Tideland Solar Buoys Mark Wrecks in Norwegian Arctic

MarineLink.com
Wednesday, June 12, 2013
A Tideland SB-138P buoy waiting installation in the Port of Narvik

Two SB-138P polyethylene buoys with solar-powered ML-140 LED lanterns from Tideland Signal are being used to mark wrecks in the approaches to the port of Narvik in the far north of Norway.

The new SB-138P buoys are replacing old battery-operated steel buoys from the 1980s that required extensive maintenance and costly battery changes. They are wreck-markers for the British 8770 ton iron- ore carrier Romanby and the Swedish 8,855-ton iron-ore carrier Stråssa, both sunk in Narvik inner harbor during a World War II battle on April 10, 1940.

Despite the severely limited winter light at these latitudes, the first of the Isolated Danger buoys to be installed has given reliable, trouble-free service during its first season. Rune Skavik Harbor Master at Narvik commented, “One of the Tideland buoys delivered was installed November 2012 and has functioned perfectly. We were a little worried whether the batteries would last through the darkest months (2-3 hours daylight) but it has worked out very well. The second will be installed in May this year. The buoy is very calm in heavy seas. Up to now there has been no need to clean the solar panels. So far we are very pleased with the performance of the new buoys.”

Both buoys carry Tideland ML-140 lanterns fitted with MaxiHALO-60 LED flasher, giving a range of 4NM. Solar panels with a total capacity of 70W are mounted on the tower section of the buoy feeding a 200AH battery housed within a watertight compartment. The MLED-140 MaxiHALO configuration combines Tideland's proven MaxLumina lenses with advanced LED technology to provide long service life with reduced maintenance. The lanterns are extremely reliable, rugged, provide high opto-electrical efficiency and require little maintenance - even under harsh operating conditions.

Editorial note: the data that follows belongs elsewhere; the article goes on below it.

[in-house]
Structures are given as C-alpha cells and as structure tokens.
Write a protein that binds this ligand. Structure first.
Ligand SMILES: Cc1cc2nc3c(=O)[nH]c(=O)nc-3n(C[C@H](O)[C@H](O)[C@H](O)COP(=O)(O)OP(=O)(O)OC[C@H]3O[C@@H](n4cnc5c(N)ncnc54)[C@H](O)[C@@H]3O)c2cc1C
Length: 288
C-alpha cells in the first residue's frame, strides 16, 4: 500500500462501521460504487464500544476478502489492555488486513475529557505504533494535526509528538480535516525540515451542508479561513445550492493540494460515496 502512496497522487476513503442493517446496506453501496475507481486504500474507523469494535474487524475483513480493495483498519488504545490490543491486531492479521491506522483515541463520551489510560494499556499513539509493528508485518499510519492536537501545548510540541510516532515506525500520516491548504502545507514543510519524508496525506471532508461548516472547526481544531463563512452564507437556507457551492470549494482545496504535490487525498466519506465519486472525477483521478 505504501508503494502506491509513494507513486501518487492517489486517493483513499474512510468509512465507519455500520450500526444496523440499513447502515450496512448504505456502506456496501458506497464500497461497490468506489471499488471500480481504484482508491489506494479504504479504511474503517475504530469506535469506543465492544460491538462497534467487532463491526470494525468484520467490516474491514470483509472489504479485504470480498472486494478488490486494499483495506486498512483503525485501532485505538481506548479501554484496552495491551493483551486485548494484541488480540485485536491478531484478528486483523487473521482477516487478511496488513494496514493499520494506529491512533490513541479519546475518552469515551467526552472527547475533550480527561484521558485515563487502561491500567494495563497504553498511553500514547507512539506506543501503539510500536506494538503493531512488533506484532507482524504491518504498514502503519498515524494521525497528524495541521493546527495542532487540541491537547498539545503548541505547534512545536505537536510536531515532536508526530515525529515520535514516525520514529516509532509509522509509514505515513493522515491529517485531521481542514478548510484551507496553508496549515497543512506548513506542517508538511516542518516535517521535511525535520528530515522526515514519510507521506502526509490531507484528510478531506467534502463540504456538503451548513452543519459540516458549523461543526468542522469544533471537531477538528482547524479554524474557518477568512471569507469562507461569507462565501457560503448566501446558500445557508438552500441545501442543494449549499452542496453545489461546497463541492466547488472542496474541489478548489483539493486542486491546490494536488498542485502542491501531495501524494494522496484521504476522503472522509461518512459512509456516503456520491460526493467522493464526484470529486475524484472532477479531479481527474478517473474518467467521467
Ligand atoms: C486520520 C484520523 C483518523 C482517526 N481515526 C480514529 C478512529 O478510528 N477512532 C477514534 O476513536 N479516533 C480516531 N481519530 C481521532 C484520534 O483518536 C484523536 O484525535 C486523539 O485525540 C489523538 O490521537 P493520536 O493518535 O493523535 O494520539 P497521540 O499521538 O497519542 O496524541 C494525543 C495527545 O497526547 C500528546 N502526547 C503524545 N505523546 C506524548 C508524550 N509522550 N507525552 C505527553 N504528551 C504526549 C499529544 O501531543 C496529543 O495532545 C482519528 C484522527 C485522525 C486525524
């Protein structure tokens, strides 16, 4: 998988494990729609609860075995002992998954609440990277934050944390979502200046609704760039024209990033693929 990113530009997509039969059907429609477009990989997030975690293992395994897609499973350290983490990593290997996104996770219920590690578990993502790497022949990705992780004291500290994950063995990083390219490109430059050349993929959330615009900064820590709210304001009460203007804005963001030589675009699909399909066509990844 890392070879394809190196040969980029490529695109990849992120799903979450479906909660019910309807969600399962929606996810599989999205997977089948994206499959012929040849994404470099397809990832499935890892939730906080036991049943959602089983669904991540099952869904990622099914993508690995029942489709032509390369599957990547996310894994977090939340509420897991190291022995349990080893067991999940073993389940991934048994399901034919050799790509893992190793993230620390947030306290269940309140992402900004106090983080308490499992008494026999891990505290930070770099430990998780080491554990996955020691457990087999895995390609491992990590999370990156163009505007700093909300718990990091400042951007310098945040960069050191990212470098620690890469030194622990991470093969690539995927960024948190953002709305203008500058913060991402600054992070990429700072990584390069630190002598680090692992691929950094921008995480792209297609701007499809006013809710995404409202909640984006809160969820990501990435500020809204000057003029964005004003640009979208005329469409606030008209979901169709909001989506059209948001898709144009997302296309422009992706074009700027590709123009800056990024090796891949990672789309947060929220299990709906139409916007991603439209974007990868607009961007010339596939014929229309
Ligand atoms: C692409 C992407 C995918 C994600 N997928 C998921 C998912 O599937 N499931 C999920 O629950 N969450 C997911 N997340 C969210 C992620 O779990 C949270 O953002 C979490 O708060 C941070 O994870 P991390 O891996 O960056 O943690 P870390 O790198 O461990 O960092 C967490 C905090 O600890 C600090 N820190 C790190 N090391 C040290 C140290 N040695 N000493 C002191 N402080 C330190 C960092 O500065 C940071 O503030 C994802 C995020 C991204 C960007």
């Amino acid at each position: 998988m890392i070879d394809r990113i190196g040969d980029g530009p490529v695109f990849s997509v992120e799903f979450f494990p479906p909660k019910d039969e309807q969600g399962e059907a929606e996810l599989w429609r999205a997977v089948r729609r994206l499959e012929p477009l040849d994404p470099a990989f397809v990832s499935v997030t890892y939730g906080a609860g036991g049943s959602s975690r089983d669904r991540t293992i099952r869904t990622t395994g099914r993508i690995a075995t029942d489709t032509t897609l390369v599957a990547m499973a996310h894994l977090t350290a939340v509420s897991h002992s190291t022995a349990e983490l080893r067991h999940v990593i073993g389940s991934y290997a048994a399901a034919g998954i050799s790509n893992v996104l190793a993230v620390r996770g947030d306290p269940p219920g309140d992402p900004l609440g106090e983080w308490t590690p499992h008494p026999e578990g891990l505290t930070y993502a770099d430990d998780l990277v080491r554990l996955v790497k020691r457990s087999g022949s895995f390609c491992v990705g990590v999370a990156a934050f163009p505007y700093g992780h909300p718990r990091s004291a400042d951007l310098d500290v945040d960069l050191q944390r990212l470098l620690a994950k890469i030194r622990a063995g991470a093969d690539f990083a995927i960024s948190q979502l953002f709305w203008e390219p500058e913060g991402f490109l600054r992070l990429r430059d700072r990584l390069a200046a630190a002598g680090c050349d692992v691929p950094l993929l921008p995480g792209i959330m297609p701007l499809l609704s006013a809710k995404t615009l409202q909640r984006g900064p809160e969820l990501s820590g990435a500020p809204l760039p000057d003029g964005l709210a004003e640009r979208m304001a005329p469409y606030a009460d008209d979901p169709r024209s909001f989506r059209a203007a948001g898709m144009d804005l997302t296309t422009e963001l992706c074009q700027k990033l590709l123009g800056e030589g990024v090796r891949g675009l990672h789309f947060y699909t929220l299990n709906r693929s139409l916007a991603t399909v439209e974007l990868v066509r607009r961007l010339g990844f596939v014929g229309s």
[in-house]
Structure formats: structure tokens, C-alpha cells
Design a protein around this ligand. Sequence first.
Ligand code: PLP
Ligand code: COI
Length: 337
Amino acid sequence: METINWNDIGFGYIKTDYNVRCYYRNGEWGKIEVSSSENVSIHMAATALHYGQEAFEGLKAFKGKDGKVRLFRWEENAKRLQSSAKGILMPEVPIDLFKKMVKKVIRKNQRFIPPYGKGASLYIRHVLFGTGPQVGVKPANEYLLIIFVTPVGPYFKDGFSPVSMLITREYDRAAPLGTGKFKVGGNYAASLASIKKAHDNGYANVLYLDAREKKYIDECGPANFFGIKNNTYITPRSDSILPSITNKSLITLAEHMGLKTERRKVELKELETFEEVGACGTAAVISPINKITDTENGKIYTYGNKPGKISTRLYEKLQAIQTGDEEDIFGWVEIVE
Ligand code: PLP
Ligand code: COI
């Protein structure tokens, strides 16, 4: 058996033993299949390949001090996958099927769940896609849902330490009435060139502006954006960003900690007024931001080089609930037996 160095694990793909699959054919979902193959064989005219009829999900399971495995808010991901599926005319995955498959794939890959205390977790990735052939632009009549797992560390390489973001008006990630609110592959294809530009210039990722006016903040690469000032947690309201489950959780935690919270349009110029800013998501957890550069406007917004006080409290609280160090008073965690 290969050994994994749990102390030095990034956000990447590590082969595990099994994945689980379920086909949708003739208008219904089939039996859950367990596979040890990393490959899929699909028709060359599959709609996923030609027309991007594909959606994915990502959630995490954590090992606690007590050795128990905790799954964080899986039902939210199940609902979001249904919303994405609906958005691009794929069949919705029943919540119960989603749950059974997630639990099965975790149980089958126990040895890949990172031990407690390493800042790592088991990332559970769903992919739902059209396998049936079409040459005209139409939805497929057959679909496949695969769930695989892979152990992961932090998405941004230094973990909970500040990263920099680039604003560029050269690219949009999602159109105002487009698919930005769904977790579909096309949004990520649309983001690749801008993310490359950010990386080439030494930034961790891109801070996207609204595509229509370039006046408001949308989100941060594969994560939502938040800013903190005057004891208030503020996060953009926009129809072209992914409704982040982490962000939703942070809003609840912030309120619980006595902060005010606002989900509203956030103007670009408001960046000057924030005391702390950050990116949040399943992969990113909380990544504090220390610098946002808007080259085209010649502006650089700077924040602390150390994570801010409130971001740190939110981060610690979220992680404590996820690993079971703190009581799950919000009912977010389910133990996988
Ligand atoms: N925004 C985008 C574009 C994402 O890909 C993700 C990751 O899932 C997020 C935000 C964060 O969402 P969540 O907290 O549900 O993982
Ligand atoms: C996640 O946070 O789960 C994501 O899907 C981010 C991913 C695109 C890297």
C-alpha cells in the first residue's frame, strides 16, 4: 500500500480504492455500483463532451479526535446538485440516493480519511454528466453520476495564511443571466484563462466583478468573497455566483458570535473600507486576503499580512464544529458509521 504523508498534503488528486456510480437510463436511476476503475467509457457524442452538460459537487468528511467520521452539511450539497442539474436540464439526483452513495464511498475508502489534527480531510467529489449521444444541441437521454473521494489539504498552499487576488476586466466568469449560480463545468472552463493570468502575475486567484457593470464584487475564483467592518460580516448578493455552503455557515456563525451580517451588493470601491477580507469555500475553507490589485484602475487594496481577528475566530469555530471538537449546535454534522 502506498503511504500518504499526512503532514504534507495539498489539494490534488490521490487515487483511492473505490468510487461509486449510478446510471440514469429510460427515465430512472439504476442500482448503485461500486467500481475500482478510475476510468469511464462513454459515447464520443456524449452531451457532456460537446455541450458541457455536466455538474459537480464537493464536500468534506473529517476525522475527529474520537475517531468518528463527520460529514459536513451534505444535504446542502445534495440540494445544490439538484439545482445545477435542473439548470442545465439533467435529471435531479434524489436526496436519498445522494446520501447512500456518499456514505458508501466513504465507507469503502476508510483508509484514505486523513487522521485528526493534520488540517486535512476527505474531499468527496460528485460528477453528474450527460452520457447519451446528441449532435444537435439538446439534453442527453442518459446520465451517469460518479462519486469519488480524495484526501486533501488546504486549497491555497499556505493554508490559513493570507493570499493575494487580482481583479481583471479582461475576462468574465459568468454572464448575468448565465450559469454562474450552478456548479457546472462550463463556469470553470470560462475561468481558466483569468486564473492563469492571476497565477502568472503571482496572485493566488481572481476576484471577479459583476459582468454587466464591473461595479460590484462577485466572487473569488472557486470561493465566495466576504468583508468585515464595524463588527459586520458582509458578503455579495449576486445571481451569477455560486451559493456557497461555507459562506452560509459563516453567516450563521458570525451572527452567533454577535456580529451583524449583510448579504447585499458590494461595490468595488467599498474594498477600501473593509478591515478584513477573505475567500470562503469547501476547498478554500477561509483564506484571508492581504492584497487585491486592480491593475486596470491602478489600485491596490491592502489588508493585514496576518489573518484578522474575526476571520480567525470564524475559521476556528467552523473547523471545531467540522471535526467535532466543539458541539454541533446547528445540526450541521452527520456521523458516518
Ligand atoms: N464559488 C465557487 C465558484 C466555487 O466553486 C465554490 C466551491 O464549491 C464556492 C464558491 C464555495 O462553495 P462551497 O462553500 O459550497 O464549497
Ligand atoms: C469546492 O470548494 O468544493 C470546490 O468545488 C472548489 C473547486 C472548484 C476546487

Tideland's SB-138P buoys feature a robust, maintenance-free construction of rotationally molded, UV-stabilized, self-colored polyethylene filled with expanded polystyrene. These are believed to be the first roto-molded buoys to be installed in Norwegian waters. Ballast is internally located in the mooring/lifting eyes are molded into the buoy body to ensure a smooth, easily maintained external profile. There are no external corrodible parts.

www.tidelandsignal.com

 

Maritime Reporter March 2014 Digital Edition
FREE Maritime Reporter Subscription
Latest Maritime News    rss feeds

Technology

Havyard to Build Hybrid Battery Arctic PSV

Norway's Havyard says it has signed a contract for the construction of a Havyard 833 WE ICE platform supply vessel with Fafnir Offshore HF. The vessel is to be

Offshore Service Vessels Design Innovation

It could be argued that no other sector of the maritime market has experienced a design innovation revolution quite like the Offshore Service Vessel (OSV) market.

Offshore: Seacor Raises the Bar Again

Long acknowledged as a firm to watch in U.S. crewboat and fast supply boat innovation, Seacor Marine will be attracting industry attention once again when its latest

Arctic Operations

Deal to Build Russian 60MW Icebreakers Imminent

The state nuclear power company Rosatom is about to reach a deal with United Shipbuidling Corporation on the construction of two powerful LK-60 icebreakers according to Barents Observer.

Canada Opts Out of Arctic Council Meeting

Canadian Environment Minister Leona Aglukkaq stated that a principled stand had been taken by Ottawa against Moscow's intervention in events in Ukraine, reports

Treadwell: Arctic Security Should Be National Priority

Lt. Governor Mead Treadwell delivered the keynote address yesterday at the Arctic Collaborative Workshop in Fairbanks. Treadwell discussed five reasons why

Subsea Salvage

KVH Precision Sensors for Geodetics' Inertial Navigation Systems

KVH Industries entered into a strategic partnership with Geodetics Inc., a leader in the development of real-time, high-precision position and navigation solutions.

Wreck-Removal Convention to Enter into Force

Shipowner liability on the horizon as Denmark ratifies international instrument The Nairobi International Convention on the Removal Wrecks will enter into force on April 14,

 
 
Maritime Standards Naval Architecture Offshore Oil Pipelines Pod Propulsion Salvage Ship Electronics Ship Repair Shipbuilding / Vessel Construction Sonar
rss | archive | history | articles | privacy | contributors | top maritime news | about us | copyright | maritime magazines
maritime security news | shipbuilding news | maritime industry | shipping news | maritime reporting | workboats news | ship design | maritime business

Time taken: 0.1259 sec (8 req/sec)